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Should we follow Lily Allen – and let our partner control our smartphone? | Arwa Mahdawi

Should we follow Lily Allen – and let our partner control our smartphone? | Arwa Mahdawi

An annoying thing about being a parent is that you have to consistently model good behaviour. You can’t just shove crisps in your mouth and stare at your phone when you need a break.

I’ve always spent an unhealthy amount of time staring at my phone, but I didn’t worry about my habit until I had a toddler. The thing with toddlers is that they have more sophisticated surveillance techniques than Facebook. Even when you think they’re completely absorbed in emptying the contents of your cupboards on to the living room floor, they know when you’re looking at your phone and not at them. And, according to various alarming studies, this guarantees a lifetime of therapy bills. One 2023 study, for example, found parental phone use is associated with “still face”. This means that you look like a depressed robot while scrolling – and it can affect a child’s emotional development.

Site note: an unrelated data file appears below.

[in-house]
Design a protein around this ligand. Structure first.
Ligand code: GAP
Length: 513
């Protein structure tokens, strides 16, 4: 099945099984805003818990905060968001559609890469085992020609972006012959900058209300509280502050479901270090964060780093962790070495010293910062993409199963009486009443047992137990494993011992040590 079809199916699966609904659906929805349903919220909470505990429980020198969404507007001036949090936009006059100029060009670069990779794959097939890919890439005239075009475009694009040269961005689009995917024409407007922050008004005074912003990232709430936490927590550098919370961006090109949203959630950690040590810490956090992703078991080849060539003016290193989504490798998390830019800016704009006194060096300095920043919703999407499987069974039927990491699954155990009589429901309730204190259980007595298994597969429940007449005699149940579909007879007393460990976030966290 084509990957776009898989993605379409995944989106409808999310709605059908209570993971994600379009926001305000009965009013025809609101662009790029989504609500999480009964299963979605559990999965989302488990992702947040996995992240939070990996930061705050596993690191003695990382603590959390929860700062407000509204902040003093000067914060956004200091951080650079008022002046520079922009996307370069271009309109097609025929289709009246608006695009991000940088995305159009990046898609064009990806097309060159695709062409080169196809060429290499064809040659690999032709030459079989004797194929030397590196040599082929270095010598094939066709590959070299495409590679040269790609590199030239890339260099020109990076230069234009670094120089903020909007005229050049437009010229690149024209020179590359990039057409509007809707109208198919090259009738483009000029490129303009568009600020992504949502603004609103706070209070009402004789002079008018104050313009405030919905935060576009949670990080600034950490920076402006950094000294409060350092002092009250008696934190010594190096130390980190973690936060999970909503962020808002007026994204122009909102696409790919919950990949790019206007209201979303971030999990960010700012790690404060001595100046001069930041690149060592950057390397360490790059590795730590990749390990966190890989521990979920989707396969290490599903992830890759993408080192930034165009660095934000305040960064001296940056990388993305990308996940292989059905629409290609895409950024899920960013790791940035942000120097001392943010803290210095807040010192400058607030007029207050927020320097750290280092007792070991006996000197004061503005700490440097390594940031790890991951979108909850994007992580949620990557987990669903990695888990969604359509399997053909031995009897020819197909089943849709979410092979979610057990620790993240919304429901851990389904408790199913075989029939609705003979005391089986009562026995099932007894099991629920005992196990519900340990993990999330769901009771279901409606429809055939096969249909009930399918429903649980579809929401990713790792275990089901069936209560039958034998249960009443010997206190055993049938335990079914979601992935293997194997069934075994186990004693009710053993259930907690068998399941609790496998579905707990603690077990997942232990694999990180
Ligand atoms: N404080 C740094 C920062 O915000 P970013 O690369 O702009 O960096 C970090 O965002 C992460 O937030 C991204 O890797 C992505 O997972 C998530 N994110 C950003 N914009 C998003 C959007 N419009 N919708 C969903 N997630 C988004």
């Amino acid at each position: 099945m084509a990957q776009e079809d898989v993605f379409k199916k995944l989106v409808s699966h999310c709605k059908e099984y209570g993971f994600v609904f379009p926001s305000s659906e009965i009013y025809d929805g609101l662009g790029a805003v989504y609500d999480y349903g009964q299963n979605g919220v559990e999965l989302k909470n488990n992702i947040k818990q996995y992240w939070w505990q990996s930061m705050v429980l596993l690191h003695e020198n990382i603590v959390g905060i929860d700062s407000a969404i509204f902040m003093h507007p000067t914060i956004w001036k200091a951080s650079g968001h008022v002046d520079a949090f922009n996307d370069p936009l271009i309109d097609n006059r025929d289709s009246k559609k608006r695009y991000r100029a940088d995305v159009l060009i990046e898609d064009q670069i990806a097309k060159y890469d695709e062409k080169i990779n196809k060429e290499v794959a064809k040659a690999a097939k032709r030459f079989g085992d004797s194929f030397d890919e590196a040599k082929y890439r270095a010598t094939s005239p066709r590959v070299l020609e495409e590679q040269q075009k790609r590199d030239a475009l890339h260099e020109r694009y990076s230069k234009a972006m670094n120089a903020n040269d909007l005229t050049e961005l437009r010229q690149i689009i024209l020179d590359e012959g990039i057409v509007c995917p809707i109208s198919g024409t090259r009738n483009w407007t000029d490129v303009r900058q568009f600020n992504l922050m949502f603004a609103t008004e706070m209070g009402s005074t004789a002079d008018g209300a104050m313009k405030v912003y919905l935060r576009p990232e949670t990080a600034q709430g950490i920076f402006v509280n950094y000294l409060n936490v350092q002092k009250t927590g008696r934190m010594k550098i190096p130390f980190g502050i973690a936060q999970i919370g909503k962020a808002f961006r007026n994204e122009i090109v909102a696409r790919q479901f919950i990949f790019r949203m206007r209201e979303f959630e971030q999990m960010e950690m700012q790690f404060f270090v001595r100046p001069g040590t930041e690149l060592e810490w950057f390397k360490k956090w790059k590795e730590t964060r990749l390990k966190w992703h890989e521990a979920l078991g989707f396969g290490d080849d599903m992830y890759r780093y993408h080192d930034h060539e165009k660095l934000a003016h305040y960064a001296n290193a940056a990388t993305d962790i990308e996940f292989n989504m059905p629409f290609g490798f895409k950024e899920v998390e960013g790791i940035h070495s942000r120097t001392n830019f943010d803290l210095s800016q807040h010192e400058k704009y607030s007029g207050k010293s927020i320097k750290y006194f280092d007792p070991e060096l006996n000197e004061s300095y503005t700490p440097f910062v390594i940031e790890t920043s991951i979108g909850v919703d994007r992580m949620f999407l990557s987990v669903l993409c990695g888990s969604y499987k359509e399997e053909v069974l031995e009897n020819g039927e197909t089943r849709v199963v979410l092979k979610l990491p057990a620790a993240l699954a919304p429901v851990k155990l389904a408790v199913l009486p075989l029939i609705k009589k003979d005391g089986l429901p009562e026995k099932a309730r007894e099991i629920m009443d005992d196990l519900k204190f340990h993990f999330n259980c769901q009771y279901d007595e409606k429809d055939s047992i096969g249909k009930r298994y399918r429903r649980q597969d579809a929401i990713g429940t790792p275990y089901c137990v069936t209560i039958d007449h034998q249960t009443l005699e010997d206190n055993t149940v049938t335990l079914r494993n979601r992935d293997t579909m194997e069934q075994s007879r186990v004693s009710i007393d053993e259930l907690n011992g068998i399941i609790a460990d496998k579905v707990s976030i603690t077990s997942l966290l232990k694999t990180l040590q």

Still, it’s worth remembering we all have the power to unbreak our brains. The singer and actor Lily Allen and her husband, David Harbour, have come up with a novel way of doing this. In a recent Sunday Times interview, Allen said she has stopped her daughters from using a smartphone until they’re 14 and that she is also using a kids’ phone (Pinwheel), with no social media or browsing capabilities. Her husband controls what apps she is allowed to use and she does the same for him.

I haven’t tried this approach, but I have discovered my own antidote to spending too much time on social media. I’ve dramatically curbed my addiction because I can’t bear scrolling past images of unprecedented suffering in Gaza – more than 10,000 dead children and imposed mass starvation – interspersed with chatty tweets about the Kardashians. My Twitter habit may be broken, but so am I.

Arwa Mahdawi is a Guardian columnist

Source: theguardian.com